The killing of 92 people in Norway through the bomb blast in Oslo and the gun attack at a Labor Party Youth Camp at Utoya on Friday clearly indicates that even a country like Norway, considerably involved in international conflict management efforts, cannot remain safe from terrorist attacks.
According to the English daily Norway Post, seven died in a bomb blast in Oslo while 85 youths lost their lives in a gun attack at the Labor Party Youth Camp at Utoya. Consoling his people, Norwegian King Harald has reminded that freedom is stronger than fear. He thinks the attack is directed against the core of democracy.
Norwegian Prime Minister Jens Stoltenberg has termed this attack as a national tragedy not experienced since the Second World War. He said, “it is incomprehensible; it is like a nightmare.” This shows that the Norwegian society had never imagined of such an attack since they were founded on social justice systems from which many other nations drowned in conflicts are trying to learn.
Since the attack took place at a political camp, the preliminary implication is of ideological nature. Global media bring reports that the man who shot youths at the political camp was arrested and is reported to have been indoctrinated by rightist and intolerant ideology. However, there has been no confirmation over the involvement of any specific underground group.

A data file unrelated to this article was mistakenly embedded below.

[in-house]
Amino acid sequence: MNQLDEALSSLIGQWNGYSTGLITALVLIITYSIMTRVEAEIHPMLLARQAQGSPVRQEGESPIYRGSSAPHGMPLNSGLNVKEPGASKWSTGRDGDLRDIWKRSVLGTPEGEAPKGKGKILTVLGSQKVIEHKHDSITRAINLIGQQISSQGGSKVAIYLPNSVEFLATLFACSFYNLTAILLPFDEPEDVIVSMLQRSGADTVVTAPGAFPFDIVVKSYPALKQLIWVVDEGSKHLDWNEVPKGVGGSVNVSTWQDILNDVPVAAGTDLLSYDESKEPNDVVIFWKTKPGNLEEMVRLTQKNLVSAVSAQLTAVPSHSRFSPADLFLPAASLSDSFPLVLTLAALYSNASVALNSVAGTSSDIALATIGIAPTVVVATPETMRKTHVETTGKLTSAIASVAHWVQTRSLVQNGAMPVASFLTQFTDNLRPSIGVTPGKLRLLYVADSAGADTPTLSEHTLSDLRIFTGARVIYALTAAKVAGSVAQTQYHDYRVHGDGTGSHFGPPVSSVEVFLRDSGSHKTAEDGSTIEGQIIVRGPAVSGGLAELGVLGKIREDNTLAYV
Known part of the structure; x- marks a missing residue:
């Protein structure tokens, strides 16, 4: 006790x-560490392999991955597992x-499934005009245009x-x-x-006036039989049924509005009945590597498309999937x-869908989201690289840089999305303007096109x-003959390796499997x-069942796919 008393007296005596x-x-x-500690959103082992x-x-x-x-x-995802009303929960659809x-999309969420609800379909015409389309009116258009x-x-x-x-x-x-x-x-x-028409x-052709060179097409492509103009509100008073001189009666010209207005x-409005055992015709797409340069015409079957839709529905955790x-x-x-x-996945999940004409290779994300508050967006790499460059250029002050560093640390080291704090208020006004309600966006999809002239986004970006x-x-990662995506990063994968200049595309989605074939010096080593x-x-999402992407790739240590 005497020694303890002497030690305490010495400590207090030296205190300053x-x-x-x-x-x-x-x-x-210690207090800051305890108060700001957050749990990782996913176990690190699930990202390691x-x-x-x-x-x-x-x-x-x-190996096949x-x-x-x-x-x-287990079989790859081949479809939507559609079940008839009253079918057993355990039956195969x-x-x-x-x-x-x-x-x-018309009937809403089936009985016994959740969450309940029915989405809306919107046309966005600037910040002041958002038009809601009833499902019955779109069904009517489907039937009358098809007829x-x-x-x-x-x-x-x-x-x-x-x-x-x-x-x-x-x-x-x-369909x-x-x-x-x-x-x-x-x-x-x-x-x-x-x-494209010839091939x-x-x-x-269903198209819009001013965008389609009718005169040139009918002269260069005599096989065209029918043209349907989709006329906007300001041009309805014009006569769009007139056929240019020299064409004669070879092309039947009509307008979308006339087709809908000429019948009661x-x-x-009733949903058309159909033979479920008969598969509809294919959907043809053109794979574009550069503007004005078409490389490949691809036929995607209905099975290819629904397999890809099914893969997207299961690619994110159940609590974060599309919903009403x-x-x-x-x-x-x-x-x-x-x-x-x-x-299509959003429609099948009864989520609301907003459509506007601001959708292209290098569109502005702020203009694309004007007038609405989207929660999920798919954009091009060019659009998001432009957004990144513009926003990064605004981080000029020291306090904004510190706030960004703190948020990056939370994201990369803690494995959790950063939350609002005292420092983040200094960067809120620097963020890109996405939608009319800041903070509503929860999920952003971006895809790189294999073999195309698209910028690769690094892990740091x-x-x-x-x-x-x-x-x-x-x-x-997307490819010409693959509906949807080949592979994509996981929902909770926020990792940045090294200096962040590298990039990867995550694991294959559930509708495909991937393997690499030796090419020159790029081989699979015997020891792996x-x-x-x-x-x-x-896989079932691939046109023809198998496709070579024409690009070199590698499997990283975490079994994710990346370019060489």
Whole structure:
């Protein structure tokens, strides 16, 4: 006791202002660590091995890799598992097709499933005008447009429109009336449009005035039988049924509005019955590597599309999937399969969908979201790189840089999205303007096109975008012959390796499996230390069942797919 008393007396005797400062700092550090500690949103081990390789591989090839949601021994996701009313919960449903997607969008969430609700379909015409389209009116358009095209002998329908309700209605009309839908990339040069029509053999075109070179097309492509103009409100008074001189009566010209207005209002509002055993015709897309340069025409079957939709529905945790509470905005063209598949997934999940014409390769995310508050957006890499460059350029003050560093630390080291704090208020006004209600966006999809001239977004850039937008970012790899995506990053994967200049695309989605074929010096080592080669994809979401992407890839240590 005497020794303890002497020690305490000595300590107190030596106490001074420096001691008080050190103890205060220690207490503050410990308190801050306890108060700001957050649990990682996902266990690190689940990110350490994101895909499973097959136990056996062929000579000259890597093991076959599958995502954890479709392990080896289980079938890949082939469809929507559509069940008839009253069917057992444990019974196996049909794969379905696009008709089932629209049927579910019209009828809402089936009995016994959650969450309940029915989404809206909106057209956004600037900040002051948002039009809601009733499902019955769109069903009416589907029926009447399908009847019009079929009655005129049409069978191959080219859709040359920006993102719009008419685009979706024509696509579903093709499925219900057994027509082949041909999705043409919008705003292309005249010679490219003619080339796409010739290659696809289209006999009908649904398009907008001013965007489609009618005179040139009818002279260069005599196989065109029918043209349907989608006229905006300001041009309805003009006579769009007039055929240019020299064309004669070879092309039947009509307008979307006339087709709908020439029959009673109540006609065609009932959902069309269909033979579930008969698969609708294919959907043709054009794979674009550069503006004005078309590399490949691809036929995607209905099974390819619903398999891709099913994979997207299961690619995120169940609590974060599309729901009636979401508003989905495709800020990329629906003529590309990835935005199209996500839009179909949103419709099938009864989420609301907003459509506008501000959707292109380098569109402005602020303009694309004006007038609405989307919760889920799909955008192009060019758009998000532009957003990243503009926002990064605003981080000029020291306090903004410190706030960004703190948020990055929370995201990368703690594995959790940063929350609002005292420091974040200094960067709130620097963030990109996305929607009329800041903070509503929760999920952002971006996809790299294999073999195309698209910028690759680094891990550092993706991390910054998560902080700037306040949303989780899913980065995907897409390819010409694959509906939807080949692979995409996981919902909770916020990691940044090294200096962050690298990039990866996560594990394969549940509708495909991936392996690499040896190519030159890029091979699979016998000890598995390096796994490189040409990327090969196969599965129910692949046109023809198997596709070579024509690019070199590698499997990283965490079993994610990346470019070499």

Depending on the political nature of attacks, one can generally estimate that Norway may have to cope with future challenges posed by the rightist spiral of silence. The attacks at the Labor Party Youth Camp imply that the attackers must have been against multiculturalism and progressive social justice systems. The world knows Norway as a cool-minded peaceful nation with a well-founded social philosophy that includes social justice attributable to diversity and unity.
Amidst the crisis, it is encouraging that the Head of the Labor Party Youth Group (AUF) Eskil Pedersen has vowed to stand for freedom of speech and democracy. “We will not be threatened into silence,” writes the Norway Post daily.
Mainstream political forces in Norway need to plan a diffusive strategy to cope with the growing rightist spiral of silence.